At the surface, Valeo (FR.PA €54.48) does not seem like an impact investment. It is a large, industrial company headquartered in Paris, operating in 33 countries through 184 plants and 55 R&D centers. However, we believe Valeo will make an important contribution to cleaner air and has the potential to be a rewarding investment.
Small diesel engines had been a key part of automakers’ strategy to meet the demands of consumers and regulators for improved efficiency and reduced emissions over the next 5-10 years. Then came the Volkswagen diesel scandal. It left automakers in a challenging position when it became clear that diesels weren’t such a simple (or clean) solution and consumer demand for diesel cars plummeted. While fully electric cars may be the ultimate answer, it is a longer run solution, requiring both electric infrastructure development and changes in vehicle production platforms.
Enter the 48-volt Mild Hybrid system, a low cost, near term solution to the efficiency and emissions challenge for automobiles. For some time, auto engineers have been bumping up against the limitations of the 60+ year old 12-volt automotive electrical system. By quadrupling voltage to 48 volts, not only can existing automobile processes become more efficient but new systems can be added at low cost, while substantially lowering emissions. How can this be done without a major retooling? In simple terms:
- Install a 48-volt electrical system on cars separate from existing 12-volt systems
- Couple the system to a powerful starter engine/generator
- Install a 48-volt lithium battery
The 48v motor can provide a torque boost when needed to a now smaller engine, can more effectively operate a start/stop system, and can more efficiently engage in regenerative braking. Compared to a 12v battery, it has greater efficiency and can drive other high electric power components such as compressors, electric turbochargers, and power steering racks. The result is a 10- 20% improvement in efficiency and emissions, and, in some designs, an improvement in automobile performance. The cost? About $1000-$1200 per vehicle.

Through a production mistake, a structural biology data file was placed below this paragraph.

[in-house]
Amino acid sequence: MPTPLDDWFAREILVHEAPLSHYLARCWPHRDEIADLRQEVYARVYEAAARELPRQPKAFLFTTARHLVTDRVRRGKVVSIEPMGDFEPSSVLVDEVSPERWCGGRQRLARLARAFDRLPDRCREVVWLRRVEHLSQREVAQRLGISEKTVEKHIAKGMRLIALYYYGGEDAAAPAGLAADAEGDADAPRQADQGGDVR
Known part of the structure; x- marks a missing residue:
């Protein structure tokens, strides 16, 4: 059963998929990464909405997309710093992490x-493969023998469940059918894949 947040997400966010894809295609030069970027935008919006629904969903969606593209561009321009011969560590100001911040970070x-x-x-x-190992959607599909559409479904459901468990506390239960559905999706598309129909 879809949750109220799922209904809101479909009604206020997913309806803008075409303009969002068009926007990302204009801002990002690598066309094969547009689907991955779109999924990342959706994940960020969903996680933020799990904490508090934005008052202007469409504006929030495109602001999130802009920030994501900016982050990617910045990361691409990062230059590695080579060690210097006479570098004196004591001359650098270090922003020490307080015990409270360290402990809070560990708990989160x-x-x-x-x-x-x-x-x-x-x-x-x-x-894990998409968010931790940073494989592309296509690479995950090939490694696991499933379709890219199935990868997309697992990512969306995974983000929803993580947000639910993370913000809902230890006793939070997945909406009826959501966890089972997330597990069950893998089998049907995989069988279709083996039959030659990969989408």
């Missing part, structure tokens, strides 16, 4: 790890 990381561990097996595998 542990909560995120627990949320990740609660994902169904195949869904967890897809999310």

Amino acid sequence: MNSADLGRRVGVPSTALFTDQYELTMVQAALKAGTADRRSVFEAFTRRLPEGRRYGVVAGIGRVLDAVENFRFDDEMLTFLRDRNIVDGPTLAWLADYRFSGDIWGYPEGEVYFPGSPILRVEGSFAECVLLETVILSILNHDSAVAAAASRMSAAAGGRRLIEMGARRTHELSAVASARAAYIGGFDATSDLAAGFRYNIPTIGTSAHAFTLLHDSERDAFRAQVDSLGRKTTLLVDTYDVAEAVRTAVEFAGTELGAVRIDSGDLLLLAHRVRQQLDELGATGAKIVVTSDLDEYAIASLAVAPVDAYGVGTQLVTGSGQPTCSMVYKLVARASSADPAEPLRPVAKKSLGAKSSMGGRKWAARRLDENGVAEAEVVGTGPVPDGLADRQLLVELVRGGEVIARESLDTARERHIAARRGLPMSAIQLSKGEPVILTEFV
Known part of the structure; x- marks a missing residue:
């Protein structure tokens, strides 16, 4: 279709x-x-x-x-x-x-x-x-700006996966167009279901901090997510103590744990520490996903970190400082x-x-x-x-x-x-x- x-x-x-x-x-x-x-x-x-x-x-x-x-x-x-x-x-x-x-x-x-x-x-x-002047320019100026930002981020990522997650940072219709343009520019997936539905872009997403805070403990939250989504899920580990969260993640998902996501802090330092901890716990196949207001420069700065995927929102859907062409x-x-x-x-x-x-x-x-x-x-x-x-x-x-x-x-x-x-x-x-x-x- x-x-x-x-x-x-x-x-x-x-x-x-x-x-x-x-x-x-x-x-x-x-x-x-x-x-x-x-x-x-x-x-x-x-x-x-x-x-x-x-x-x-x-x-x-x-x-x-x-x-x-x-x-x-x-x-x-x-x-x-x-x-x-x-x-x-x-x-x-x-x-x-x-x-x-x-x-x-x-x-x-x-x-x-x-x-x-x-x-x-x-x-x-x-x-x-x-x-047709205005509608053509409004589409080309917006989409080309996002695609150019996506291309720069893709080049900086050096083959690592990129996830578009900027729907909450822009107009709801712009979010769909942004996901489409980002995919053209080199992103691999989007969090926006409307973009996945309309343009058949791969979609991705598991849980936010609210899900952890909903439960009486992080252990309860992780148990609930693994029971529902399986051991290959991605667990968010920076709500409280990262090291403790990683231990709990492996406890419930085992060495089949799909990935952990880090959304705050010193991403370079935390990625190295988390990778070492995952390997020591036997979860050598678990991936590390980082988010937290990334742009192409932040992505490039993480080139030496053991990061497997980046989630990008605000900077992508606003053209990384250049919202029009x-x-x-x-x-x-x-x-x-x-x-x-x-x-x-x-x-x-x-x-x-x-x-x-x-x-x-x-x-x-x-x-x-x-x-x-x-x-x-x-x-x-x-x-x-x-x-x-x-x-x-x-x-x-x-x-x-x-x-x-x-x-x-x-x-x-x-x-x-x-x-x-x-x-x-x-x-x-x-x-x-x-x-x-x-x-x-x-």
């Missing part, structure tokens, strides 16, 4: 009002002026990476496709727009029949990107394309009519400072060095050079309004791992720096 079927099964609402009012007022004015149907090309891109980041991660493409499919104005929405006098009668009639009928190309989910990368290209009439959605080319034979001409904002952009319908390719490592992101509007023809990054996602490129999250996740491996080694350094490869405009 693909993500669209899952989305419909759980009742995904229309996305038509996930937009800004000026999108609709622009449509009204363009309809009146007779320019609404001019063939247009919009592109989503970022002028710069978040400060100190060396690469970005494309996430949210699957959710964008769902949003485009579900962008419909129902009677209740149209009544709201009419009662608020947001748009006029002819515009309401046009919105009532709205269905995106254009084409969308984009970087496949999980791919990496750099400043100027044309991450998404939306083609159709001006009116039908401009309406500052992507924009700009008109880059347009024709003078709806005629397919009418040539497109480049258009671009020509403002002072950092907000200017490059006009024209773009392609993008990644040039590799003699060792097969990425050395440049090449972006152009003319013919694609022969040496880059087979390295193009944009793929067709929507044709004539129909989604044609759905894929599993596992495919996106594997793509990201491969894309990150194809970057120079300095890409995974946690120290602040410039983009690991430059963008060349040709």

Who is using 48v systems? In 2018, they were used in limited applications by Bentley and Porsche. In 2019, the system will be standard or optional equipment on all Dodge Ram 1500 trucks, some Chevy Silverado trucks, the VW Golf, Audi 7 and 8, some models of Renault and Peugeot, and no doubt others we haven’t identified yet.
If you haven’t been in the market for a Dodge truck, check out https://www.youtube.com/watch?v=CZ9_wP8YmvU. Or take the company’s word for it on their new eTorque system on the 2019 Ram 1500 truck: “The available revolutionary eTorque mild hybrid system replaces the traditional alternator on the engine with a 48-volt battery-powered, belt-driven motor generator that improves performance, efficiency, payload, towing capabilities and drivability.” (source: www.ramtrucks.com)
There are three major Tier 1 suppliers of the 48-volt systems: Valeo, Continental and Delphi. We are most excited about Valeo. Valeo has the largest market share of these systems with a share of about 40%. Continental has a smaller but still very significant share, but is such a large company, particularly with its tire division, that the success of its 48-volt systems will be diluted by the rest of Continental’s operations. At Valeo, sales and earnings growth have been strong and we have noticed robust growth of the order book. In the aggregate, the recent financials suggest growth rates 50% higher than industry peers for at least the next 3 years.
Environmental Impact is on Valeo’s front burner. The company’s growth strategy is focused on emissions reduction, intuitive driving (hands-on-wheel, automated driving) and emerging market expansion. More than 50% of Valeo’s sales are for products that contribute to reducing CO2 emissions. To us, that meets the bar of materiality; it’s not just an effort that exists for PR purposes.
Valeo is not putting all its eggs in the 48-volt basket. The company has a joint venture with Siemens that is expected to make the company one of the leaders in electric car systems by 2021. Besides the attractive growth profile, Valeo is also quite profitable with an average return on equity of 30% in 2017, something we expect to stay flat over the next few years with a dividend payout rate of 30%-34% (so plenty room for dividend growth too). This is not your stereotypical Parisian cocktail – a largely misconceived term that describes a French company with a bloated balance sheet, a less-than- hardworking workforce, and insular management. On the contrary, what Valeo is mixing might be worth a taste.
Jan Schalkwijk, CFA
JPS Global Investments